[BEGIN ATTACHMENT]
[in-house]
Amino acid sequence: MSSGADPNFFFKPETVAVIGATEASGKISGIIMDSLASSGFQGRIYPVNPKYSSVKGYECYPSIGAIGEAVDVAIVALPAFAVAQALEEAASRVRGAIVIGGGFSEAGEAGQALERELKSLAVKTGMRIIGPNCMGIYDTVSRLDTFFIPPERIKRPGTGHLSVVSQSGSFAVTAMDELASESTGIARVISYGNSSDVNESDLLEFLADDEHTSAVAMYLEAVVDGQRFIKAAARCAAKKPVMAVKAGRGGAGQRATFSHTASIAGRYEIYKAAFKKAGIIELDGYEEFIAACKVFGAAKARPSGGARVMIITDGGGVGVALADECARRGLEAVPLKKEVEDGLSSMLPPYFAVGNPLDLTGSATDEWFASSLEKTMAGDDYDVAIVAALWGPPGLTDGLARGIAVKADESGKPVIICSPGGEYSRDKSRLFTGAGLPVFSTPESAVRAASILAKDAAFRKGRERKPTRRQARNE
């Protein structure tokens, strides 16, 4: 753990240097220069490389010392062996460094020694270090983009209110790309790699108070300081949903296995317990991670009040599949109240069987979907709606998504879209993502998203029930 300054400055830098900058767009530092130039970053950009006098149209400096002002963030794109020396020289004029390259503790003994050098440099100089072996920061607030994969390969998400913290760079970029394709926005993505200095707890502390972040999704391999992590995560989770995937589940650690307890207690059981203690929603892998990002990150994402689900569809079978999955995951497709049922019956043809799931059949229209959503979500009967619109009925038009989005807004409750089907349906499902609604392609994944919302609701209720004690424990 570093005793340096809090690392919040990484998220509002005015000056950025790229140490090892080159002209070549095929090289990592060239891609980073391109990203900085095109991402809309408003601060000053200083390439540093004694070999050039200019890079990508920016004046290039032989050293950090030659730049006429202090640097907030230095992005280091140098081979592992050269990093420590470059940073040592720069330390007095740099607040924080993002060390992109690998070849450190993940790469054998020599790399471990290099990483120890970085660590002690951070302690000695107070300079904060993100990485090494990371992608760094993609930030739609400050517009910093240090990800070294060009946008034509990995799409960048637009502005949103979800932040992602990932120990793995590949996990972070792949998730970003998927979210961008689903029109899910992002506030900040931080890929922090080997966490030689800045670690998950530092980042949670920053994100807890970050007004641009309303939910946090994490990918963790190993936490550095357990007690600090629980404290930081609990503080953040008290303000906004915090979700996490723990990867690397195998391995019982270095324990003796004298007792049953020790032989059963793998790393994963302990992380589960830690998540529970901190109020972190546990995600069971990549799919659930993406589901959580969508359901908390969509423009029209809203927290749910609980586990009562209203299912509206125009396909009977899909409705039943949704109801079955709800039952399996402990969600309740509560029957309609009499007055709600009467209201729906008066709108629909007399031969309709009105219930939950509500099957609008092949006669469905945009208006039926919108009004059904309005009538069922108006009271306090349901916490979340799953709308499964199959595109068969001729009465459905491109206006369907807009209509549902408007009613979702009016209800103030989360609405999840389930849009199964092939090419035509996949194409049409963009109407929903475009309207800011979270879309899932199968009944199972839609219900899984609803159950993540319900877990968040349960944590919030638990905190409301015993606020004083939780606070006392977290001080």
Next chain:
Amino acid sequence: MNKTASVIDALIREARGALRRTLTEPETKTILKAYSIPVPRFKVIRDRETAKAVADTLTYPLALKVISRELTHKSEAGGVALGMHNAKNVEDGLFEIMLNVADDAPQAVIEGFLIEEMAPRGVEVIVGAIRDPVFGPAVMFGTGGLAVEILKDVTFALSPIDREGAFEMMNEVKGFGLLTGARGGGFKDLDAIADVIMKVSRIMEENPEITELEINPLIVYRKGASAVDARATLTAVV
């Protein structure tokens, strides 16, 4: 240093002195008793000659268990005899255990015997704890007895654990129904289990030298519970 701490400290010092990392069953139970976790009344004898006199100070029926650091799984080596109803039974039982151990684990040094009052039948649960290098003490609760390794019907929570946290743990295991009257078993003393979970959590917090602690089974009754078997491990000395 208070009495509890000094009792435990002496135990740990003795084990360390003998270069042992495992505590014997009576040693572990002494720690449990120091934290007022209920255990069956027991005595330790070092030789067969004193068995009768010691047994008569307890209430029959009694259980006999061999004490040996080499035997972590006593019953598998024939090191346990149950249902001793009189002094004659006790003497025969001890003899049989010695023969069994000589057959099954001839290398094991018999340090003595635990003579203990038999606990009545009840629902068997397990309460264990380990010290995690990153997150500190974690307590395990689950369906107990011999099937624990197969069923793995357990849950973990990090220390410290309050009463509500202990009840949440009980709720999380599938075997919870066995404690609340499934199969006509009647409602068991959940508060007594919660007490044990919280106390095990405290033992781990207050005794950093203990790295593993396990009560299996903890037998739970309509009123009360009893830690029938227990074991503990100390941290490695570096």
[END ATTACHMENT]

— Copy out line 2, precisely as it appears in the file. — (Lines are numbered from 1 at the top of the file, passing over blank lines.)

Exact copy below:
Amino acid sequence: MSSGADPNFFFKPETVAVIGATEASGKISGIIMDSLASSGFQGRIYPVNPKYSSVKGYECYPSIGAIGEAVDVAIVALPAFAVAQALEEAASRVRGAIVIGGGFSEAGEAGQALERELKSLAVKTGMRIIGPNCMGIYDTVSRLDTFFIPPERIKRPGTGHLSVVSQSGSFAVTAMDELASESTGIARVISYGNSSDVNESDLLEFLADDEHTSAVAMYLEAVVDGQRFIKAAARCAAKKPVMAVKAGRGGAGQRATFSHTASIAGRYEIYKAAFKKAGIIELDGYEEFIAACKVFGAAKARPSGGARVMIITDGGGVGVALADECARRGLEAVPLKKEVEDGLSSMLPPYFAVGNPLDLTGSATDEWFASSLEKTMAGDDYDVAIVAALWGPPGLTDGLARGIAVKADESGKPVIICSPGGEYSRDKSRLFTGAGLPVFSTPESAVRAASILAKDAAFRKGRERKPTRRQARNE